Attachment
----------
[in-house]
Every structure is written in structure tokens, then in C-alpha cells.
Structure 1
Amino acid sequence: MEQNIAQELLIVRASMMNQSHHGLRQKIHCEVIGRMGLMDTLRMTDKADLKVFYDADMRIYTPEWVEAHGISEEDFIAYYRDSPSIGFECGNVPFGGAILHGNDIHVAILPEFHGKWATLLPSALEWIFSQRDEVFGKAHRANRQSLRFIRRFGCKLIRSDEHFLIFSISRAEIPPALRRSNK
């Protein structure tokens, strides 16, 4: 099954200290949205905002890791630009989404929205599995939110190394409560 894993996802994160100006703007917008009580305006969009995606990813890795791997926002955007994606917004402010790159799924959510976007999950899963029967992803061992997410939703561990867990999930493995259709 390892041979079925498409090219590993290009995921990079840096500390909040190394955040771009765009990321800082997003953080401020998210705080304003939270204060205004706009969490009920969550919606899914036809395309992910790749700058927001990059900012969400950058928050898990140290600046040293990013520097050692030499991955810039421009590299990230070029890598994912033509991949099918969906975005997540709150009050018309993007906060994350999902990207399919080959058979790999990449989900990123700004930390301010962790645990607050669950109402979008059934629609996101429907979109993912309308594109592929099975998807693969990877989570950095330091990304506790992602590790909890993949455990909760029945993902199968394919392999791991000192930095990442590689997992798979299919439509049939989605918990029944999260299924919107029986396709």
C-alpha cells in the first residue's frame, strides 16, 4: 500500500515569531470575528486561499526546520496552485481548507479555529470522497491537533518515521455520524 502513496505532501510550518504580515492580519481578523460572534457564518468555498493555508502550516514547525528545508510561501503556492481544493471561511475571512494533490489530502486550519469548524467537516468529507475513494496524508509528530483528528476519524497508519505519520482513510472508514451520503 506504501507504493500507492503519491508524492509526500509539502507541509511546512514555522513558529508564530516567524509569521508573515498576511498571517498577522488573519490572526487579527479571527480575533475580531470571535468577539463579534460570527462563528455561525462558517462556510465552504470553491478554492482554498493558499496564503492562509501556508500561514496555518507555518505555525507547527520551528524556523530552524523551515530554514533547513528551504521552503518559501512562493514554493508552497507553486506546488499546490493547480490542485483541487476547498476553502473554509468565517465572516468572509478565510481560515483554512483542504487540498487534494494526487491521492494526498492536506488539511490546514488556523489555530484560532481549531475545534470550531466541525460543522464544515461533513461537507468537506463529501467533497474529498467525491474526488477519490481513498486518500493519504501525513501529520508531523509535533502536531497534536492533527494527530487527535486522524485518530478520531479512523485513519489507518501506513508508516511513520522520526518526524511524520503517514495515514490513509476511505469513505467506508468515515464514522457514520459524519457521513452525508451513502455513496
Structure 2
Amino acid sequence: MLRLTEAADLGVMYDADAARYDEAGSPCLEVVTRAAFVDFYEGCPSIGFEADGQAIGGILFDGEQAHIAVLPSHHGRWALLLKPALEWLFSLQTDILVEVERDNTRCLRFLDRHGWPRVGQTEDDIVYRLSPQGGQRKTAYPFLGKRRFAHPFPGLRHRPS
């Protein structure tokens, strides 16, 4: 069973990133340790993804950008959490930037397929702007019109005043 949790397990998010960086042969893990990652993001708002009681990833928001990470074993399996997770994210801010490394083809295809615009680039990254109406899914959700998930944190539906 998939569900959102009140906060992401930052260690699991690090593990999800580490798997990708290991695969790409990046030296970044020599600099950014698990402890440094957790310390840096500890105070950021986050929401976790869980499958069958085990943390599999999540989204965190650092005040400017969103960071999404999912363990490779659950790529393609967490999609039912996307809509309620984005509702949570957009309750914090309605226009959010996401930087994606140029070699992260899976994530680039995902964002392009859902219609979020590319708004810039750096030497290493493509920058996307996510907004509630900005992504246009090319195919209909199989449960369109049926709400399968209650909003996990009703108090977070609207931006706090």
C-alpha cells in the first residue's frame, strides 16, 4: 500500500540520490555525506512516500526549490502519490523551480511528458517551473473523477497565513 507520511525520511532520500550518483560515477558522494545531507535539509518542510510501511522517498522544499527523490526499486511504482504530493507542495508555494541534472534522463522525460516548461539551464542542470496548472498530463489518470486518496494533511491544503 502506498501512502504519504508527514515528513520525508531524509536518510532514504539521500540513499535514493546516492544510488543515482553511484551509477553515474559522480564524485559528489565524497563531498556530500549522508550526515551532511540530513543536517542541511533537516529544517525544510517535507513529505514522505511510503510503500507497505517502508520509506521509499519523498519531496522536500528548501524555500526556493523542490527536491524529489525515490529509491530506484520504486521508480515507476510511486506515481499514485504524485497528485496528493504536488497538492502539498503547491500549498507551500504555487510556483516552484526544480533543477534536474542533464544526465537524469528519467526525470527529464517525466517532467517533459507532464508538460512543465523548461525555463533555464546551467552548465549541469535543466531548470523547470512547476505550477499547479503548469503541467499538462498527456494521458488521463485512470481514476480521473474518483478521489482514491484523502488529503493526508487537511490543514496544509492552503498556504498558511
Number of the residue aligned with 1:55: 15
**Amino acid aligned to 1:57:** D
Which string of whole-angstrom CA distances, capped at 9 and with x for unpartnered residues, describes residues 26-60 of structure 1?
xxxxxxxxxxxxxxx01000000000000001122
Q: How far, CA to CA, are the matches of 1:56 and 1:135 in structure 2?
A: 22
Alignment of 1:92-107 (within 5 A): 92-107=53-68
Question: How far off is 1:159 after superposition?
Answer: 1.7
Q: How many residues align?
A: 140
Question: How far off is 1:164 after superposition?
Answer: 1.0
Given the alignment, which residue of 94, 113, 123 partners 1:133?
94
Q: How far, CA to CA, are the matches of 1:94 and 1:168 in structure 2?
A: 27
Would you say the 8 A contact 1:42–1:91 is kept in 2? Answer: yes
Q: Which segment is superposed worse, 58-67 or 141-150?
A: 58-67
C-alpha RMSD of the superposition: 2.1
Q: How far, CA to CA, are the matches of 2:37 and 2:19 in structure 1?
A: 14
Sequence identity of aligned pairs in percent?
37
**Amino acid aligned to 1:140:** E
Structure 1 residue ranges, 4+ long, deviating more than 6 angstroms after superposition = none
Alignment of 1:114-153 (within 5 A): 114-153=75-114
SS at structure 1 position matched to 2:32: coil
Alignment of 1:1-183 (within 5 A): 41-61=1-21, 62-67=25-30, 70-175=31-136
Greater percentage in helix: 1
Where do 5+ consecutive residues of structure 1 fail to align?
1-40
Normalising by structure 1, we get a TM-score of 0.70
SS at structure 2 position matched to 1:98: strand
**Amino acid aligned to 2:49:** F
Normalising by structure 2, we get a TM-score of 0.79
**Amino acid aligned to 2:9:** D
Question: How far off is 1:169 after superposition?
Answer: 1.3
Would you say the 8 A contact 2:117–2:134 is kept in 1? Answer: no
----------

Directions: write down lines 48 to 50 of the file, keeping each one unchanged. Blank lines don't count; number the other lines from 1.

**Amino acid aligned to 2:9:** D
Question: How far off is 1:169 after superposition?
Answer: 1.3